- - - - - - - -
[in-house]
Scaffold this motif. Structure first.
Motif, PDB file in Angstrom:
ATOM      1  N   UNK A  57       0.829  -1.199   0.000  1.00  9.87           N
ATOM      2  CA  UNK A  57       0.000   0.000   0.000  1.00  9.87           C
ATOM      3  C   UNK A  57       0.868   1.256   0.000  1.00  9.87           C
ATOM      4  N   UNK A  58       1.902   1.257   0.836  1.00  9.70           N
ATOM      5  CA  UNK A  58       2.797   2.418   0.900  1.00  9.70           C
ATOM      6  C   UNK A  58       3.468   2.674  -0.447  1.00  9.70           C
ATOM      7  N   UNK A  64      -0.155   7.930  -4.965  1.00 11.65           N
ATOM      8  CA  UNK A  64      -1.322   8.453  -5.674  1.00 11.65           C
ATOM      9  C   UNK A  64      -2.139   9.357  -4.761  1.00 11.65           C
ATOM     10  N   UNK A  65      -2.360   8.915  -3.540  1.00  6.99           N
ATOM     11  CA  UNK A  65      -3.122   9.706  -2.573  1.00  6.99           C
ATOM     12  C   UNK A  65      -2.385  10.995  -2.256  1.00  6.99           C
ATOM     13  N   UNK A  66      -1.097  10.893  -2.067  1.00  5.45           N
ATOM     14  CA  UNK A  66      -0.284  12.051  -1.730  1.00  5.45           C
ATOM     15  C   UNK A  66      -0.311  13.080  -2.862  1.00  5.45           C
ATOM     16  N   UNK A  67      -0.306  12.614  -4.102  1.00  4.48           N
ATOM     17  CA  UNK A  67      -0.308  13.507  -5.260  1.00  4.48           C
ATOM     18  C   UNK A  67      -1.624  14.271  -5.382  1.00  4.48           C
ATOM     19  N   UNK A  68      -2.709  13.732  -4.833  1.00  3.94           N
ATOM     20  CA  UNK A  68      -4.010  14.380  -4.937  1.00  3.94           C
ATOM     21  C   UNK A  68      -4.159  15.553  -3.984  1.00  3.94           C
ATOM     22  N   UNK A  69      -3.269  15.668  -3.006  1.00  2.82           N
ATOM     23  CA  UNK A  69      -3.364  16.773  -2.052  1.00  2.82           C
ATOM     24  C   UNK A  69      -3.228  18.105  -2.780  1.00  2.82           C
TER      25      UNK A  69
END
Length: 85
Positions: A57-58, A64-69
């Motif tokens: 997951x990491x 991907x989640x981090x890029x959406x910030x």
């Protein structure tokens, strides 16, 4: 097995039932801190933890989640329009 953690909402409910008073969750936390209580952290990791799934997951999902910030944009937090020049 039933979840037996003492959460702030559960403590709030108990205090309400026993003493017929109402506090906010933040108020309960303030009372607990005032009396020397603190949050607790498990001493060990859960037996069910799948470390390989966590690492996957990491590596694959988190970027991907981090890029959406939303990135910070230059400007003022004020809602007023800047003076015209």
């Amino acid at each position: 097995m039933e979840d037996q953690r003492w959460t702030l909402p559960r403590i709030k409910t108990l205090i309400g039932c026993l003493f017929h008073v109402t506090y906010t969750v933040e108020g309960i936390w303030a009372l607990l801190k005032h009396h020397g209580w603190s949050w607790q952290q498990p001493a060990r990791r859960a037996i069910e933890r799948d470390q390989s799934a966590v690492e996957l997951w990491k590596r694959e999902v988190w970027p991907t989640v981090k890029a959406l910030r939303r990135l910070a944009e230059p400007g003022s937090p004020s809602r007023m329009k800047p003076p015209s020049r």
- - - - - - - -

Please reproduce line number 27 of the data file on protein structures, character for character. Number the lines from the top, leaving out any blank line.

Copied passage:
ATOM     24  C   UNK A  69      -3.228  18.105  -2.780  1.00  2.82           C